Goodman Gas Furnace Cuts Off Switching to LO Stage

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Goodman Gas Furnace Cuts Off Switching to LO Stage

Postby bushbag1 » Thu Jan 28, 2016 2:54 pm

Goodman 2-Stage GMV951155DXA starts on HI Stage and runs fine until called to go to LO stage. At this point the fan slows and within a minute the flame goes out and fan stops and error message "E1" is displayed (pressure or pressure switch problem). It then tries to restart three times, with igniter heating up but gas does not flow. Unit cuts off, and error message "E3" is display (meaning lockout after three unsuccessful restart attempts). Both pressure switches have just been replaced and the problem still occurs. I found Goodman Service Bulletin SF-043 online which says "E1" error can be displayed improperly on some units and lead to false diagnosis. Note that after the unit sits idle for 30 minutes or so, or if I flip the disconnect off and on, it will often restart successfully. If cold enough then it may start on HI and problem will repeat itself when moving to LO, but if it STARTS on LO then it will run successfully on LO, so I know its not just a problem with LO speed, just a problem with switching between HI and LO.
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- Goodman Gas Furnace Cuts Off Switching to LO Stage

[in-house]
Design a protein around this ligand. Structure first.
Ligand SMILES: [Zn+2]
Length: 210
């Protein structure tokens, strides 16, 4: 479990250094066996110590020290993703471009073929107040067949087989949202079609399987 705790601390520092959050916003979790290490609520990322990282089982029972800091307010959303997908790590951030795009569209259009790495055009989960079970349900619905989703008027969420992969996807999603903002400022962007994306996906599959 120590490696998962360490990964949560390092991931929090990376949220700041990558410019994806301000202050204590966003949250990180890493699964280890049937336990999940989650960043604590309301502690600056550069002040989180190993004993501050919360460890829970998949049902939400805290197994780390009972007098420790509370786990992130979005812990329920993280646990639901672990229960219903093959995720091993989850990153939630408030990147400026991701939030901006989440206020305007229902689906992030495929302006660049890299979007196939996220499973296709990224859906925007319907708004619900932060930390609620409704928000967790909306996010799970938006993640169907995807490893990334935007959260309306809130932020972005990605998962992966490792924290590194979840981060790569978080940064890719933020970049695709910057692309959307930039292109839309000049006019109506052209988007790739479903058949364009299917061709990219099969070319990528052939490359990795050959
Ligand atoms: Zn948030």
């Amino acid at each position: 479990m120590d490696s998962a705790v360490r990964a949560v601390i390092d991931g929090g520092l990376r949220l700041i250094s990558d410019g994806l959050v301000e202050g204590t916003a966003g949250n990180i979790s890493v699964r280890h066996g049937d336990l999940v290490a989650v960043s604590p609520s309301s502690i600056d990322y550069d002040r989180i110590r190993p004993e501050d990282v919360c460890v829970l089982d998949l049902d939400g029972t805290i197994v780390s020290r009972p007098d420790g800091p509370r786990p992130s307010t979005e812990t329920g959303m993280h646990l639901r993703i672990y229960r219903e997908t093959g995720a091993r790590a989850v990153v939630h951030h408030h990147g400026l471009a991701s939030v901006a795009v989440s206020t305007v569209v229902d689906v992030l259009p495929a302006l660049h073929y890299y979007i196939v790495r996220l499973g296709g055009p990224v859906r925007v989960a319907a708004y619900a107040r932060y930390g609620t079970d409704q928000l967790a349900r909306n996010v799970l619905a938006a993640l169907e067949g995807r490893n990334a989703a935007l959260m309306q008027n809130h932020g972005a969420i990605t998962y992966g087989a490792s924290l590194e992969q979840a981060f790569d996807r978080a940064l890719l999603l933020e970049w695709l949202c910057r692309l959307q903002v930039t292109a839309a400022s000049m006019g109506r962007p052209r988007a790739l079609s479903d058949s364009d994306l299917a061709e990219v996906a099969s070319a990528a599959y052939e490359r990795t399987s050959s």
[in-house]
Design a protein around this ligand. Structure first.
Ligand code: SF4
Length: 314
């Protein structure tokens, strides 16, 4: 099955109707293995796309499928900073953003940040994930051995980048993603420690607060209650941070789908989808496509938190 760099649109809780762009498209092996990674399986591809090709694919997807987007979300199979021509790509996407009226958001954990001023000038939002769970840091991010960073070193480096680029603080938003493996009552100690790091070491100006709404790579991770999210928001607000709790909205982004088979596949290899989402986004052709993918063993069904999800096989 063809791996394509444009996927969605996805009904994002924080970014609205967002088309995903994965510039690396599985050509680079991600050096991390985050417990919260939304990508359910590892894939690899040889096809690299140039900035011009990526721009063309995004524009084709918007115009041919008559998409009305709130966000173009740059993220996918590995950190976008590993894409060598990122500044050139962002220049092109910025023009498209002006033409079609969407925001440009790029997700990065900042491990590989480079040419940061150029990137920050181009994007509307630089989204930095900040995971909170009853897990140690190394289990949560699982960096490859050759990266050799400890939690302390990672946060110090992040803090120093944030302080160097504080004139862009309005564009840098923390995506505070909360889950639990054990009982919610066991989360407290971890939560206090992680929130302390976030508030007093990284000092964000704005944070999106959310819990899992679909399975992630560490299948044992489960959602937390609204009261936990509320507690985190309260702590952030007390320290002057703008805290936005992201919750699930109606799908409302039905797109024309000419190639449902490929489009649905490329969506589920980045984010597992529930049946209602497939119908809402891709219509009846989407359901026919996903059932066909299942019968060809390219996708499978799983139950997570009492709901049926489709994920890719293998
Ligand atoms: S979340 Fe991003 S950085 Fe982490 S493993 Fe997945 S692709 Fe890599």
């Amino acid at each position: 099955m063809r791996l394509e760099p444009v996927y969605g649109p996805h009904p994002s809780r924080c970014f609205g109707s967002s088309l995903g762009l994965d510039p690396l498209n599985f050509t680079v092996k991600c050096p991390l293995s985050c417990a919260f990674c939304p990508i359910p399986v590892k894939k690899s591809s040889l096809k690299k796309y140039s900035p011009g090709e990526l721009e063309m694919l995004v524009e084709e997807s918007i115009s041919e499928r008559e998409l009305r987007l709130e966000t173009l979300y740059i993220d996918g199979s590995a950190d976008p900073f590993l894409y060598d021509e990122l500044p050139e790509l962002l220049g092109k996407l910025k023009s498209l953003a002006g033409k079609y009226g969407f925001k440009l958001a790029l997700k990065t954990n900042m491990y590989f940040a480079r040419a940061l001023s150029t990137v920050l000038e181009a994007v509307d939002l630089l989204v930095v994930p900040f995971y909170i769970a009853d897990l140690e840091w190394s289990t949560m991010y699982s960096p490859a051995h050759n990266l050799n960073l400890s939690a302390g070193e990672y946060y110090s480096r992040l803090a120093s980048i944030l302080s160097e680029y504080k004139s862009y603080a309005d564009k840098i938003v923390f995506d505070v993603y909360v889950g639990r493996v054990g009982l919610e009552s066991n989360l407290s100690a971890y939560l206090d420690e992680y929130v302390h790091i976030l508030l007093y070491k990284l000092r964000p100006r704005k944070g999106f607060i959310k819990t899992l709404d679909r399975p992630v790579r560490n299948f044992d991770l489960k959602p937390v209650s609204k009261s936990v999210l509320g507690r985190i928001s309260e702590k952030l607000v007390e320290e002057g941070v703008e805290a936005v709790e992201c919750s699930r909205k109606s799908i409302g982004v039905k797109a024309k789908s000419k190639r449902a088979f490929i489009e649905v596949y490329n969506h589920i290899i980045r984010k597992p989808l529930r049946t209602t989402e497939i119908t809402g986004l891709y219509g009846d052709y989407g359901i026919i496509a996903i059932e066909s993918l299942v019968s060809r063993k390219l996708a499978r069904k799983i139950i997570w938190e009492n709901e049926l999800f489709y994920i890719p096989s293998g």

Postby Freon » Fri Jan 29, 2016 11:53 am

First, check all electrical connections especially grounds.
Then I would TEMPORARILY jumper the pressure safety switch to verify the E1 error is accurate. Check the date of the service bulletin and if it applies to the date of your furnace's manufacture.The switch may not be the problem. It is usually the draft inducer fan that isn't developing enough air flow to activate the pressure switch. Or the pressure hosing can be clogged. By jumping the pressure switch you can see if the E1 error is accurate (the furnace transitions perfectly HI to LO) or if there is a problem elsewhere.

One strange aspect of the restart attempts is the fact the ignitor glows. Usually if there is not sufficient draft pressure from the draft inducer, the ignitor will not be energized. This fact points in the direction of a flaky control board.

But first let's rule in or out the draft inducer system.
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